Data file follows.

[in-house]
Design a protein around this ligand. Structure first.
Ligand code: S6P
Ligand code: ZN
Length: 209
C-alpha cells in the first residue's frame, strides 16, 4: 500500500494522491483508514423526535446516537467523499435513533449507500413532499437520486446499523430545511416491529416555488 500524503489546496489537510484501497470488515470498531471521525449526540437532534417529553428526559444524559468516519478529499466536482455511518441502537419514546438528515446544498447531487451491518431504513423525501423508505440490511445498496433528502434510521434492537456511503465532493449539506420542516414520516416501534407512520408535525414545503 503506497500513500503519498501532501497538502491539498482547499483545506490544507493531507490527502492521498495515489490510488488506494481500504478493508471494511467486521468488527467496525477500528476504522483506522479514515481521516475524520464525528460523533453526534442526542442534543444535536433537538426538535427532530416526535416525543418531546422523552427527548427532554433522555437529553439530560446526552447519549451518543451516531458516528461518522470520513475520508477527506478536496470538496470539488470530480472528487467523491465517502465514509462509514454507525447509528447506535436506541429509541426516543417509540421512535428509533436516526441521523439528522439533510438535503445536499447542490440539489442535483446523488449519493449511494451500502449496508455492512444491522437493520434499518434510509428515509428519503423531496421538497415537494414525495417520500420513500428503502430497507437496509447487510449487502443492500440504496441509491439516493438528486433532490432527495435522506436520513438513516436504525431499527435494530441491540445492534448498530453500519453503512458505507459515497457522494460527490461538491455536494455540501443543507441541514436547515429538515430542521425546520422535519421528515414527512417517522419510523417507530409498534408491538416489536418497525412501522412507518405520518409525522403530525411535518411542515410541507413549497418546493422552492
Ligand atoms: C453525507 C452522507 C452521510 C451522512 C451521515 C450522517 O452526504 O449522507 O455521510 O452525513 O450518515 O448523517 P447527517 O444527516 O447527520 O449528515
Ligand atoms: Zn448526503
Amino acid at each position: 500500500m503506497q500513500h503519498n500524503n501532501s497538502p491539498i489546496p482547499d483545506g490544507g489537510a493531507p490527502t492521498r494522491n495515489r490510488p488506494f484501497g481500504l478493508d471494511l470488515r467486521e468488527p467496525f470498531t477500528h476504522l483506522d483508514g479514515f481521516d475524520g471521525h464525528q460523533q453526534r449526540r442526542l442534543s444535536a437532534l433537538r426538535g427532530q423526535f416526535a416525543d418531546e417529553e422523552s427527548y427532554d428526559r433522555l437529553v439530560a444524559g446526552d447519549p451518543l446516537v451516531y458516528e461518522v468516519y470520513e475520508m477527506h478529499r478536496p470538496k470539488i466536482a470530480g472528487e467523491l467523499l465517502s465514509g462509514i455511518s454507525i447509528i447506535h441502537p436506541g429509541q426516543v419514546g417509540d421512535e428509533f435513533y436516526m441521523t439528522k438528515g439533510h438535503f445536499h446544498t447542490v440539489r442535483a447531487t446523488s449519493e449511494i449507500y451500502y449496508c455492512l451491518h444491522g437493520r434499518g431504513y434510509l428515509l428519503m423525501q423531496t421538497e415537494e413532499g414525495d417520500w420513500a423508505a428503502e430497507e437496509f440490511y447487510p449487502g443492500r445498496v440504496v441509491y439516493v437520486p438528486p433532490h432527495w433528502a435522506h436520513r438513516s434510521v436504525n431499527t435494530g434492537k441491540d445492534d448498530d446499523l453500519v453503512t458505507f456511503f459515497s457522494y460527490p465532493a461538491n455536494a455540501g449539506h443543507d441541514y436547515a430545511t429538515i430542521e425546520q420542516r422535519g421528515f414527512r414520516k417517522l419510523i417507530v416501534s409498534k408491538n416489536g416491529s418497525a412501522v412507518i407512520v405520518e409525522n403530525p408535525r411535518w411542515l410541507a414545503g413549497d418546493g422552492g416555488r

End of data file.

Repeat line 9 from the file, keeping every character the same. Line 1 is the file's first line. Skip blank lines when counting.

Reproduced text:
Amino acid at each position: 500500500m503506497q500513500h503519498n500524503n501532501s497538502p491539498i489546496p482547499d483545506g490544507g489537510a493531507p490527502t492521498r494522491n495515489r490510488p488506494f484501497g481500504l478493508d471494511l470488515r467486521e468488527p467496525f470498531t477500528h476504522l483506522d483508514g479514515f481521516d475524520g471521525h464525528q460523533q453526534r449526540r442526542l442534543s444535536a437532534l433537538r426538535g427532530q423526535f416526535a416525543d418531546e417529553e422523552s427527548y427532554d428526559r433522555l437529553v439530560a444524559g446526552d447519549p451518543l446516537v451516531y458516528e461518522v468516519y470520513e475520508m477527506h478529499r478536496p470538496k470539488i466536482a470530480g472528487e467523491l467523499l465517502s465514509g462509514i455511518s454507525i447509528i447506535h441502537p436506541g429509541q426516543v419514546g417509540d421512535e428509533f435513533y436516526m441521523t439528522k438528515g439533510h438535503f445536499h446544498t447542490v440539489r442535483a447531487t446523488s449519493e449511494i449507500y451500502y449496508c455492512l451491518h444491522g437493520r434499518g431504513y434510509l428515509l428519503m423525501q423531496t421538497e415537494e413532499g414525495d417520500w420513500a423508505a428503502e430497507e437496509f440490511y447487510p449487502g443492500r445498496v440504496v441509491y439516493v437520486p438528486p433532490h432527495w433528502a435522506h436520513r438513516s434510521v436504525n431499527t435494530g434492537k441491540d445492534d448498530d446499523l453500519v453503512t458505507f456511503f459515497s457522494y460527490p465532493a461538491n455536494a455540501g449539506h443543507d441541514y436547515a430545511t429538515i430542521e425546520q420542516r422535519g421528515f414527512r414520516k417517522l419510523i417507530v416501534s409498534k408491538n416489536g416491529s418497525a412501522v412507518i407512520v405520518e409525522n403530525p408535525r411535518w411542515l410541507a414545503g413549497d418546493g422552492g416555488r